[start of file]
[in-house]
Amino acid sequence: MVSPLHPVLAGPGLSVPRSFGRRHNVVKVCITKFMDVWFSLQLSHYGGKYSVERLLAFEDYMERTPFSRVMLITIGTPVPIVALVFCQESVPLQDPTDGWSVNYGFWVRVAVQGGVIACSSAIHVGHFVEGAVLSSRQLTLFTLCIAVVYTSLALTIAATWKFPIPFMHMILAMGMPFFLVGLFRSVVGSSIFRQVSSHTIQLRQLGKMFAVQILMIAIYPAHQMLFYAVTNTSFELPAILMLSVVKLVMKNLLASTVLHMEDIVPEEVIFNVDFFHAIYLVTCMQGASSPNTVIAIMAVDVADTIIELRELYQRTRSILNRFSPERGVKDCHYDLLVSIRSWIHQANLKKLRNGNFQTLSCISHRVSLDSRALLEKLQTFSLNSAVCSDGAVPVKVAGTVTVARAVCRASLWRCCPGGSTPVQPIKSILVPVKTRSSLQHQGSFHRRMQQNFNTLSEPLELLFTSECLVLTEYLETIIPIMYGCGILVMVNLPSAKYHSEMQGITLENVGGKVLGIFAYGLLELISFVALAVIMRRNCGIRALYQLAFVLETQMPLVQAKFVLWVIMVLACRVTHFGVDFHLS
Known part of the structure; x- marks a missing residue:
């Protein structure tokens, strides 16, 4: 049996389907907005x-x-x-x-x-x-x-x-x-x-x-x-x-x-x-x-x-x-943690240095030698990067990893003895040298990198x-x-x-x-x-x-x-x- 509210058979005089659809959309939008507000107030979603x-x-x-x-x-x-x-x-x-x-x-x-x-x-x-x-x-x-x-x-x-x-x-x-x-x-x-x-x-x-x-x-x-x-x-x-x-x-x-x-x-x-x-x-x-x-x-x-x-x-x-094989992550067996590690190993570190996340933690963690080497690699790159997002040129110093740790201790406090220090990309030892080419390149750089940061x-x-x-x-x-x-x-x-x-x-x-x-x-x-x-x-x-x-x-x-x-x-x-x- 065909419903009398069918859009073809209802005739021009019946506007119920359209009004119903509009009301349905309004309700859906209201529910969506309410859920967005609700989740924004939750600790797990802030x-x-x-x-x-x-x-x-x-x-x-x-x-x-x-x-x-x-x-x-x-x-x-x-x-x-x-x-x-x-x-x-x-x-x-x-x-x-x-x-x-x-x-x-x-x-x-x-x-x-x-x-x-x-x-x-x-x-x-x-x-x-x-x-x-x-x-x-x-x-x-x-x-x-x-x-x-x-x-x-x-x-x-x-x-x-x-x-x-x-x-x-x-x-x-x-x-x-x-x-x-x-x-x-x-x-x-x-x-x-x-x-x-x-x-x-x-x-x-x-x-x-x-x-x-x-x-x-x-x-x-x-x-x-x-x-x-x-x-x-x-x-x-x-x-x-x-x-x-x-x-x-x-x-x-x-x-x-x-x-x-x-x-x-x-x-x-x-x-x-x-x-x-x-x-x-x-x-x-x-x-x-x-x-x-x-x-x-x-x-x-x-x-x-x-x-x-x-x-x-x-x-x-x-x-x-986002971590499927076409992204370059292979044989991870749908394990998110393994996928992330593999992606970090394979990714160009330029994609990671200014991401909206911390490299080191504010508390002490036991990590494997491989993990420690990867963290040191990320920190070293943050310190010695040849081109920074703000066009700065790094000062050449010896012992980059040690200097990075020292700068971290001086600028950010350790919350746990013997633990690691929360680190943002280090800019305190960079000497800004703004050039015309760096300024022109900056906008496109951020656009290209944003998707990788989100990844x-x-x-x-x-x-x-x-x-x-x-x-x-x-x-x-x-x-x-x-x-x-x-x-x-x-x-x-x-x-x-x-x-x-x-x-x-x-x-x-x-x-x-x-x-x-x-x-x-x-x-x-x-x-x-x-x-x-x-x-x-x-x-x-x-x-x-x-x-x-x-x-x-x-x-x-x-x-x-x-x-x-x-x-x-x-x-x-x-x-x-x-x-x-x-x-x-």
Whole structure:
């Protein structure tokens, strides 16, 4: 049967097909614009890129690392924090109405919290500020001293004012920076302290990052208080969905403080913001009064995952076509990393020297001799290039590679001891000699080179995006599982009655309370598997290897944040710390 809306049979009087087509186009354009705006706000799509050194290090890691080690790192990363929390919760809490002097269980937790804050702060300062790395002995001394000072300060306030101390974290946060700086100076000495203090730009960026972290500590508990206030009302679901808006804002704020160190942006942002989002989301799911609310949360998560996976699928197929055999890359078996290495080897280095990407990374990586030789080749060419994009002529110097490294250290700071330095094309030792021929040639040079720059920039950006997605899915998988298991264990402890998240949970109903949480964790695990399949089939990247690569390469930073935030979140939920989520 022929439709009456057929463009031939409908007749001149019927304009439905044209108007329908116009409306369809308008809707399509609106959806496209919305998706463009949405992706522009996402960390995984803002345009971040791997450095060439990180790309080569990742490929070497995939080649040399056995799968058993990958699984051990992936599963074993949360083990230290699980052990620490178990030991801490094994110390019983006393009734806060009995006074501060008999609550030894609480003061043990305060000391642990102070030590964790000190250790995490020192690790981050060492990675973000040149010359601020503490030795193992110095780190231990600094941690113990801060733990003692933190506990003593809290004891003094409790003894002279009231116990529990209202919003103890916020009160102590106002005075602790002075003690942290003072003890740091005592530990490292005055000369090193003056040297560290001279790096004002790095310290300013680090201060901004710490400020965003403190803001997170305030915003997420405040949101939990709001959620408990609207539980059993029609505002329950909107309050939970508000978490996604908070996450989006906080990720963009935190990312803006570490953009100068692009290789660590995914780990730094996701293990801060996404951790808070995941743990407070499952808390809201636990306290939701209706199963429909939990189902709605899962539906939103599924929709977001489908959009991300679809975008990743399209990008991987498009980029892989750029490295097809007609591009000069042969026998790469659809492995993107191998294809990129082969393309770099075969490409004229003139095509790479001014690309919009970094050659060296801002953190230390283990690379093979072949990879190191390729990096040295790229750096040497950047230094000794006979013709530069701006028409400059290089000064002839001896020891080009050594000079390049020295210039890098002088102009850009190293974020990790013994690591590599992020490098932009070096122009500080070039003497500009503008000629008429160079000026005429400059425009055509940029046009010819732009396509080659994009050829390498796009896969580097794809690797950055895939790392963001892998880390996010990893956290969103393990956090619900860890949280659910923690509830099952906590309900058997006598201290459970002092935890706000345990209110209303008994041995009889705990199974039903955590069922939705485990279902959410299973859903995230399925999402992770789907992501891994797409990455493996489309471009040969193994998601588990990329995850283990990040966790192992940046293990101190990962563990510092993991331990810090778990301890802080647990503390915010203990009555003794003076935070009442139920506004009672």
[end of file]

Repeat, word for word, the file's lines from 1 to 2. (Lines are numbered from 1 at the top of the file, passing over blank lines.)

[in-house]
Amino acid sequence: MVSPLHPVLAGPGLSVPRSFGRRHNVVKVCITKFMDVWFSLQLSHYGGKYSVERLLAFEDYMERTPFSRVMLITIGTPVPIVALVFCQESVPLQDPTDGWSVNYGFWVRVAVQGGVIACSSAIHVGHFVEGAVLSSRQLTLFTLCIAVVYTSLALTIAATWKFPIPFMHMILAMGMPFFLVGLFRSVVGSSIFRQVSSHTIQLRQLGKMFAVQILMIAIYPAHQMLFYAVTNTSFELPAILMLSVVKLVMKNLLASTVLHMEDIVPEEVIFNVDFFHAIYLVTCMQGASSPNTVIAIMAVDVADTIIELRELYQRTRSILNRFSPERGVKDCHYDLLVSIRSWIHQANLKKLRNGNFQTLSCISHRVSLDSRALLEKLQTFSLNSAVCSDGAVPVKVAGTVTVARAVCRASLWRCCPGGSTPVQPIKSILVPVKTRSSLQHQGSFHRRMQQNFNTLSEPLELLFTSECLVLTEYLETIIPIMYGCGILVMVNLPSAKYHSEMQGITLENVGGKVLGIFAYGLLELISFVALAVIMRRNCGIRALYQLAFVLETQMPLVQAKFVLWVIMVLACRVTHFGVDFHLS